What do you think? Would you prefer sleeves or strapless, or somewhere in between? 

 

Music Monday – Let Us Love and Sing and Wonder

I might be late to the party, but I just discovered this song and really love it. It’s certainly not your typical “wedding song,” but it tells and sings of the glorious redemption story, which makes it perfect for the wedding of two believers.

Revelation 1:5b-6 says,

To him who loves us and has freed us from our sins by his blood and made us a kingdom, priests to his God and Father, to him be glory and dominion forever and ever. Amen.

This song rejoices in the blessed truth that Christ has washed us with his blood. There is nothing better to sing about on your wedding day!

This version is recorded by Jars of Clay featuring Martin Smith. Lyrics by John Newton and music by Laura Taylor of Indelible Grace.

Are You Needed in Your Church?

'Lil' Country Church' photo (c) 2007, Mary - license: http://creativecommons.org/licenses/by/2.0/ A lot has been written lately about people in my age demographic leaving the church. Some have suggested reasons for this, others countered with other possibilities. Solutions have spanned the spectrum. We’re told our generation is wary of anything that hints at consumerism, and then in the next breath we’re given reasons for attending church that center on what we can get out of it. It’s no wonder we are leaving the church–we’re not even sure what it’s for.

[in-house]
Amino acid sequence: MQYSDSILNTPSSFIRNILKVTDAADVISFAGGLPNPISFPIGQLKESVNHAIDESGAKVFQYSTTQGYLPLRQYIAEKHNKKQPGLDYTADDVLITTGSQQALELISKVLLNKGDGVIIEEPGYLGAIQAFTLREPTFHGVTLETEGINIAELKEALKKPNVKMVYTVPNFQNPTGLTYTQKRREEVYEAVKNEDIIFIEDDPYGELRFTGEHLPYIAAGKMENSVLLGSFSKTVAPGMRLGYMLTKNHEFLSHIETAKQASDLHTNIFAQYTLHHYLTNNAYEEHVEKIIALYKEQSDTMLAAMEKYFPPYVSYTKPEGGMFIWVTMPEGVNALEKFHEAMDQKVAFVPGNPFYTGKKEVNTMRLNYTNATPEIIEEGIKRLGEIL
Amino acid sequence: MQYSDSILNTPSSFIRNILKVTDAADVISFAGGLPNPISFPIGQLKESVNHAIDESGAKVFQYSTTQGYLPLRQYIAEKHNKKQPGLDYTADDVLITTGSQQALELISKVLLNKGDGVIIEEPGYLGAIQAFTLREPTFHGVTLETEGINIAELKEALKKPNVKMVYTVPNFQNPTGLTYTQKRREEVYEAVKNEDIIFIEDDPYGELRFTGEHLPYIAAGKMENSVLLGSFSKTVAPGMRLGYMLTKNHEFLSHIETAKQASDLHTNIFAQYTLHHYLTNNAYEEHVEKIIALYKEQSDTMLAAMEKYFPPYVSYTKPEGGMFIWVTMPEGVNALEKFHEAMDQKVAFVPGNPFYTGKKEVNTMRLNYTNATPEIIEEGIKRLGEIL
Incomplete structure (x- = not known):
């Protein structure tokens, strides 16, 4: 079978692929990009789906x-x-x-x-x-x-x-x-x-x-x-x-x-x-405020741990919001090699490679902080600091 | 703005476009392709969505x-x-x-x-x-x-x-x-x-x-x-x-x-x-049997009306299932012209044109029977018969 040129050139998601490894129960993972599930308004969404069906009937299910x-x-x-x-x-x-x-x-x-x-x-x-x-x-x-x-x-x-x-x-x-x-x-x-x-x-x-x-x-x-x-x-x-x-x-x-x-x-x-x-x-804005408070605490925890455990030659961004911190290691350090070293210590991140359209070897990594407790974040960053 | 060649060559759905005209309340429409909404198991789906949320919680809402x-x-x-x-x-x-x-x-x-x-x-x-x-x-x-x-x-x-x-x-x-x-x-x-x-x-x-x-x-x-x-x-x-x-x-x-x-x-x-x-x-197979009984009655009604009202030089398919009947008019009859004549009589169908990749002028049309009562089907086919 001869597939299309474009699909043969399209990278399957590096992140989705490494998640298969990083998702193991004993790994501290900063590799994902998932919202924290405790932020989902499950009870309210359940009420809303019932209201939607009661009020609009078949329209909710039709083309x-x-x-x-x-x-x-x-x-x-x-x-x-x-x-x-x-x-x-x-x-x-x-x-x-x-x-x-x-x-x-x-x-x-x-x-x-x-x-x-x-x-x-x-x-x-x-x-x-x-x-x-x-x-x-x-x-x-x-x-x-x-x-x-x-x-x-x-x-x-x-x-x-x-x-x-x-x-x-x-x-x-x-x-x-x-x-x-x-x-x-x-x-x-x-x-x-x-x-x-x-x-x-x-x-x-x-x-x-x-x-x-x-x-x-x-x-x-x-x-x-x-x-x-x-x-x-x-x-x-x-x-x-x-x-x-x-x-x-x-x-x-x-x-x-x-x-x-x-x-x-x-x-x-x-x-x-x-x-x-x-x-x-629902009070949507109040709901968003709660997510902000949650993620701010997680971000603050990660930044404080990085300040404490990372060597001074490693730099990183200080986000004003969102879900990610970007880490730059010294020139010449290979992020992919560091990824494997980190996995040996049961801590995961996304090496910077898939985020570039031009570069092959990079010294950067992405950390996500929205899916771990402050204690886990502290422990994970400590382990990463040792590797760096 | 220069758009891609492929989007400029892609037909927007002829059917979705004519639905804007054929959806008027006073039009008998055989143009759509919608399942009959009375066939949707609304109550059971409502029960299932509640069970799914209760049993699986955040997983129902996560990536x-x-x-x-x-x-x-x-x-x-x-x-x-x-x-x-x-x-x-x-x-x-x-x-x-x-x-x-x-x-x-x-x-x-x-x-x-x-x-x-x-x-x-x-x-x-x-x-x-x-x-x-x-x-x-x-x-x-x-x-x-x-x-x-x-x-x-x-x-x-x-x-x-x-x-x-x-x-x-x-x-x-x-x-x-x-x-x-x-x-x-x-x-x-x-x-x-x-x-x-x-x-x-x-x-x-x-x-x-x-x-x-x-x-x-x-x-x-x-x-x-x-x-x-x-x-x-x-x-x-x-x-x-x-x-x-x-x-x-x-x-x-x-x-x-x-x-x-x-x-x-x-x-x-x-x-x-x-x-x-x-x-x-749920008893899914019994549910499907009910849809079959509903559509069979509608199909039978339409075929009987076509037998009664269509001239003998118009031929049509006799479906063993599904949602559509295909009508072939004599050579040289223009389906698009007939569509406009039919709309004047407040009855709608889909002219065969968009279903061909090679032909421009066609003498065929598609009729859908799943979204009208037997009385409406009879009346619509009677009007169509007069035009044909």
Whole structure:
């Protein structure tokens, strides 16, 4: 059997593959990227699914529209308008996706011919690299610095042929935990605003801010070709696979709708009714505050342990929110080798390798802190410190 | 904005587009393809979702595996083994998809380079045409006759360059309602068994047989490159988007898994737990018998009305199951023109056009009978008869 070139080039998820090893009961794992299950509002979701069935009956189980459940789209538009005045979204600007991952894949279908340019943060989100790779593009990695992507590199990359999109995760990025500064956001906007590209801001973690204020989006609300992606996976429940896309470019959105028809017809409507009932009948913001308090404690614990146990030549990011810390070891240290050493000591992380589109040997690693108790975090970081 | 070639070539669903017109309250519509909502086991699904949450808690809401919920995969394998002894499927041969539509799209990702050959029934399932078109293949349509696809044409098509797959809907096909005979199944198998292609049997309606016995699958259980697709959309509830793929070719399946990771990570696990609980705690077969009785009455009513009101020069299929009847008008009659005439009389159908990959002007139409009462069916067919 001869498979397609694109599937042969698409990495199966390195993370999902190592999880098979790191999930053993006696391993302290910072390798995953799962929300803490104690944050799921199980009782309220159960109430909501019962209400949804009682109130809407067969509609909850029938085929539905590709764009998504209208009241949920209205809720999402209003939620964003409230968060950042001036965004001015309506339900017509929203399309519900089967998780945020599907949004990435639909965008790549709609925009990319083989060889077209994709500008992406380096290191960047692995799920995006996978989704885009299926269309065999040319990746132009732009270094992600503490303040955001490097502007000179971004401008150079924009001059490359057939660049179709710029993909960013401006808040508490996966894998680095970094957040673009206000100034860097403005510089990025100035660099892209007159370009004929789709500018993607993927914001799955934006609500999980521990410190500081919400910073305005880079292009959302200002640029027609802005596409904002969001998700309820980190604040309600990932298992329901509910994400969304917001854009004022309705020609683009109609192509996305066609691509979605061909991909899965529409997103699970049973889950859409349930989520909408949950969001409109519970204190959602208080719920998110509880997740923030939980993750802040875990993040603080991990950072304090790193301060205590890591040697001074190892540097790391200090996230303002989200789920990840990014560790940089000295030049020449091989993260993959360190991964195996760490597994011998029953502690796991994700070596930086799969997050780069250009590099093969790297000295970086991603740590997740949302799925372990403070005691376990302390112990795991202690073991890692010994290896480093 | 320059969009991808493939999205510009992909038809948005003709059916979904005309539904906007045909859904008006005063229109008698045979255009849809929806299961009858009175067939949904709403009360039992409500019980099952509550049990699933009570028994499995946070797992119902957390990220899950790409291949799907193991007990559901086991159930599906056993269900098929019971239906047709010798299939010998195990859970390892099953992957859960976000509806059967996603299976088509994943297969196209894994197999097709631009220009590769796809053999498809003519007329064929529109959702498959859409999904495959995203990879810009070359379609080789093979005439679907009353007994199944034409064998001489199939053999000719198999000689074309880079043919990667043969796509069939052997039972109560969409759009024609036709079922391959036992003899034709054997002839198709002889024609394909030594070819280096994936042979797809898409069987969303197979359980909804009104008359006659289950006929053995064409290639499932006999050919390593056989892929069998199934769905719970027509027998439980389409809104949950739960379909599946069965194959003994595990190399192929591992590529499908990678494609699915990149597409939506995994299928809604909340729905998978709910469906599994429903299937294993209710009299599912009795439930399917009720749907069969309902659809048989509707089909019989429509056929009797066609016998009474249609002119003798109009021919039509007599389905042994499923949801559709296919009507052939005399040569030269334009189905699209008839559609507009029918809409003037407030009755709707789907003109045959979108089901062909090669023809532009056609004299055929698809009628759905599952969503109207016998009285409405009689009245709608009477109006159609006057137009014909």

This post isn’t really about millenials leaving the church. It’s not about millenials at all, actually.

The consumer mentality of church members and church-goers is not unique to my generation. It can be found in every demographic in probably every church. Where I most often see it, and where I am most often guilty of it myself, is in the area of service.

My husband and I started attending our church nearly eight years ago. We were there just a few months before people were volunteering us to serve in various areas. We found ourselves part of a newly formed “Greeting Ministry,” I was working in the nursery, we were teaching kids on Wednesday nights. It was a little overwhelming. We didn’t know how to say “no,” so we “served” begrudgingly. Truth be told, we were both pastor’s kids and were unsure how to be normal church members.

It was easy to think, “Well I’m not sure this is my gifting. Maybe I should find something that uses my talents and abilities better.”